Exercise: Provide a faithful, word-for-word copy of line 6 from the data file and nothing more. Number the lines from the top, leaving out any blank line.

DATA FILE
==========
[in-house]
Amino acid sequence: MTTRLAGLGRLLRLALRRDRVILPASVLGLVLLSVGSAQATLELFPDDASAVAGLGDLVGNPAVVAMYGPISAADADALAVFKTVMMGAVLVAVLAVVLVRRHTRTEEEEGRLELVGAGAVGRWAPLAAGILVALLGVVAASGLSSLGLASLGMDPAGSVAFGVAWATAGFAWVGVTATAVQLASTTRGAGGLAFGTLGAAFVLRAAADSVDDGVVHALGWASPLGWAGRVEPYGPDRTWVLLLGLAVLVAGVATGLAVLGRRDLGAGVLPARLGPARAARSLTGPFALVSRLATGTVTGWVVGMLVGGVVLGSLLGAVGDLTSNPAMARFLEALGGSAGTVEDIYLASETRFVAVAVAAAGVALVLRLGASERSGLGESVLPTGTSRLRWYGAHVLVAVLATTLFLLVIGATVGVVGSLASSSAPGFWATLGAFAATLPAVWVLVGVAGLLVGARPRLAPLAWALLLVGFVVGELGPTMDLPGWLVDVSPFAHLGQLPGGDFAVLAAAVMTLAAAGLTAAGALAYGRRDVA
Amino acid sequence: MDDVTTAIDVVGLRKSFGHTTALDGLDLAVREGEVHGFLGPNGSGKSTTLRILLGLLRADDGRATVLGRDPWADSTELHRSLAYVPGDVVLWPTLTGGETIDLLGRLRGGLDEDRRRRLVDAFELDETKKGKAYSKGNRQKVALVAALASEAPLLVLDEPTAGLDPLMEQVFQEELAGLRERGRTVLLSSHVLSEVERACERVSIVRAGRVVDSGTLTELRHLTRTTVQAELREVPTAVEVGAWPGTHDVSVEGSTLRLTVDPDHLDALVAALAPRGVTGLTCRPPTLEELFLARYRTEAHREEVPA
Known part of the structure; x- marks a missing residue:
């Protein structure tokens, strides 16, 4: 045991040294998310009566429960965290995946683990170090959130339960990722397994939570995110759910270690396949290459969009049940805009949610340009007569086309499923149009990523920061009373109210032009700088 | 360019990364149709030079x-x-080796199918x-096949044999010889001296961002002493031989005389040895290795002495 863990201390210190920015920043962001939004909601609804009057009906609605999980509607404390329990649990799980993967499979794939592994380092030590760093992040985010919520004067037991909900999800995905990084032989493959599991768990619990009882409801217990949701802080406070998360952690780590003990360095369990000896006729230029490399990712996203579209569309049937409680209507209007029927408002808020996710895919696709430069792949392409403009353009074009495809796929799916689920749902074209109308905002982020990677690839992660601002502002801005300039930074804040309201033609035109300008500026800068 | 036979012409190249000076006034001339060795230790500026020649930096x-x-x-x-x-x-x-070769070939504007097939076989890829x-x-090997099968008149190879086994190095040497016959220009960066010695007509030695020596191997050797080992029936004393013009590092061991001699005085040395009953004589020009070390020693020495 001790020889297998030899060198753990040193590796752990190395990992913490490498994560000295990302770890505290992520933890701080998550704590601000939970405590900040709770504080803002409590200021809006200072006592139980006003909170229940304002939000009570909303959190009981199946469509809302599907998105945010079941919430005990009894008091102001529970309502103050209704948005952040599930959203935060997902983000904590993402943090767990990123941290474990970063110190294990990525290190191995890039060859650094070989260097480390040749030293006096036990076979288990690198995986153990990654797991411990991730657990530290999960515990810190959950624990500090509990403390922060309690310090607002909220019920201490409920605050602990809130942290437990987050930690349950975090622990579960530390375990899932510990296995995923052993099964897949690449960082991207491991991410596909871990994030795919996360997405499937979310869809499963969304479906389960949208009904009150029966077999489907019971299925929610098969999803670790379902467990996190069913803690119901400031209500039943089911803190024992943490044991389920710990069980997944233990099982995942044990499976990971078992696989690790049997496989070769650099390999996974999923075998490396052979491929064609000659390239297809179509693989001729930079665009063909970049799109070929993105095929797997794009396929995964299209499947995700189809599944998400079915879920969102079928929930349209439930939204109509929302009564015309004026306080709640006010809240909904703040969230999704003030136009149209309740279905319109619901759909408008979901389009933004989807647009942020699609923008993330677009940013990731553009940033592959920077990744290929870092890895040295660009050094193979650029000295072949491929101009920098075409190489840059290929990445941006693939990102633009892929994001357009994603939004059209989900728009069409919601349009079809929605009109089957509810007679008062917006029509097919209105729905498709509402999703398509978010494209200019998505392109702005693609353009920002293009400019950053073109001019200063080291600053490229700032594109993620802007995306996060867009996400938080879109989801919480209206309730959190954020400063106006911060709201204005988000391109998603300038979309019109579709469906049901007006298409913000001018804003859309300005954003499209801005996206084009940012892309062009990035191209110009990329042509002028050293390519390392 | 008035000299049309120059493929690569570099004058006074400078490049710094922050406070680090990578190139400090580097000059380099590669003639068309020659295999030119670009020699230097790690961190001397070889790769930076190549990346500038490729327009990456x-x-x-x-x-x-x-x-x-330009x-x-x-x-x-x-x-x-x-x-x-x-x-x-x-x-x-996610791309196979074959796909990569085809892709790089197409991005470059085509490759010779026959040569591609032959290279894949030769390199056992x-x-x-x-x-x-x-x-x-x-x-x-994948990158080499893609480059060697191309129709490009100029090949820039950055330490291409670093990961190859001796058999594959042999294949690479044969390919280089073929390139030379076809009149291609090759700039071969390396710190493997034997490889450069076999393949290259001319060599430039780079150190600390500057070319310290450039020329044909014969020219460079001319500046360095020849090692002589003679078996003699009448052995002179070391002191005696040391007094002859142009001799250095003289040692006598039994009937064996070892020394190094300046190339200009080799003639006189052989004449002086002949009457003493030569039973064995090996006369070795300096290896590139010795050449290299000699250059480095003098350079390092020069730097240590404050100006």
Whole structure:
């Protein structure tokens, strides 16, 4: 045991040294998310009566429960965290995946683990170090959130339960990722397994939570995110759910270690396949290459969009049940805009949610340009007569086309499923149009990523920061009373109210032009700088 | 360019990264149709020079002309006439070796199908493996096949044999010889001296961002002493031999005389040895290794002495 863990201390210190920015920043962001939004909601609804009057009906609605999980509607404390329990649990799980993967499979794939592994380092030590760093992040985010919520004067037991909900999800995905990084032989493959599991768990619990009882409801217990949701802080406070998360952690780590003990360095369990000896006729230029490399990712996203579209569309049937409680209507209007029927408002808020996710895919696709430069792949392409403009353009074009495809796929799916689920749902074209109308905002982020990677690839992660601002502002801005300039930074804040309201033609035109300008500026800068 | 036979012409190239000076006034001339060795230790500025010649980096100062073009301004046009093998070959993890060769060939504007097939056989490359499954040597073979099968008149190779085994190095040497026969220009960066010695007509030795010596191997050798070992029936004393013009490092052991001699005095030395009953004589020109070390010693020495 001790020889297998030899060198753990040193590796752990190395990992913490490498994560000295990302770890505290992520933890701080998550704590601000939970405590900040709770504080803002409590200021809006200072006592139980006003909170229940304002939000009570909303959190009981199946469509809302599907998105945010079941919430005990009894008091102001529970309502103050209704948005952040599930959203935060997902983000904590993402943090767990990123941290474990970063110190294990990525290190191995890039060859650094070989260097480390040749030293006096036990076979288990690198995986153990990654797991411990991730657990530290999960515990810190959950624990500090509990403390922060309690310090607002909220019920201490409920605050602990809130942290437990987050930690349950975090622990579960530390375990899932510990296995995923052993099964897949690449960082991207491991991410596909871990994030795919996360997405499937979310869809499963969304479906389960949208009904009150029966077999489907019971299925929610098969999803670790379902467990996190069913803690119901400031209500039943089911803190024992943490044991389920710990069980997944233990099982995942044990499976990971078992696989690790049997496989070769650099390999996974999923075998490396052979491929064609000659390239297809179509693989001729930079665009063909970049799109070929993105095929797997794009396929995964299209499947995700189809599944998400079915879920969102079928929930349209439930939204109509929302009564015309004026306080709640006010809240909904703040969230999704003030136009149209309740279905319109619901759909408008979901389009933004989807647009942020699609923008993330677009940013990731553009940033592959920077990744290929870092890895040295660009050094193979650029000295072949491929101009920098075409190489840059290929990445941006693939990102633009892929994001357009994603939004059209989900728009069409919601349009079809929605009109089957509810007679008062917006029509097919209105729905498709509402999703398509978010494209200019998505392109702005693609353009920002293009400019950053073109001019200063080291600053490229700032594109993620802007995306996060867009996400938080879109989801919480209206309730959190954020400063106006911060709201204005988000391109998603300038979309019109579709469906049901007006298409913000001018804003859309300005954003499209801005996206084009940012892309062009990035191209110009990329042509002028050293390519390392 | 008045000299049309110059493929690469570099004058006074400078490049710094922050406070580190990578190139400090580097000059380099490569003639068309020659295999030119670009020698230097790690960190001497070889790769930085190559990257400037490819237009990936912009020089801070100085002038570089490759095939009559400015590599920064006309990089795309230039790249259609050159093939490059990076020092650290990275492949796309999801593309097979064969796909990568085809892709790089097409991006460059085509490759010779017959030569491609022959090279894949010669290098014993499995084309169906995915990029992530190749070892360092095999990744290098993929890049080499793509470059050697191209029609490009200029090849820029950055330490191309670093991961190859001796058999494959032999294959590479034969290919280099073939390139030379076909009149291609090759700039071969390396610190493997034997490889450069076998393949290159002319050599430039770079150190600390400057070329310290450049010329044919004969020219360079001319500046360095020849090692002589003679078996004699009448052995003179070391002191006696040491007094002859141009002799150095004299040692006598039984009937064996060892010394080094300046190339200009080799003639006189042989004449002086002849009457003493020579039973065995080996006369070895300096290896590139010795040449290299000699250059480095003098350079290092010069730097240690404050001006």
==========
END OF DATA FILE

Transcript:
Whole structure: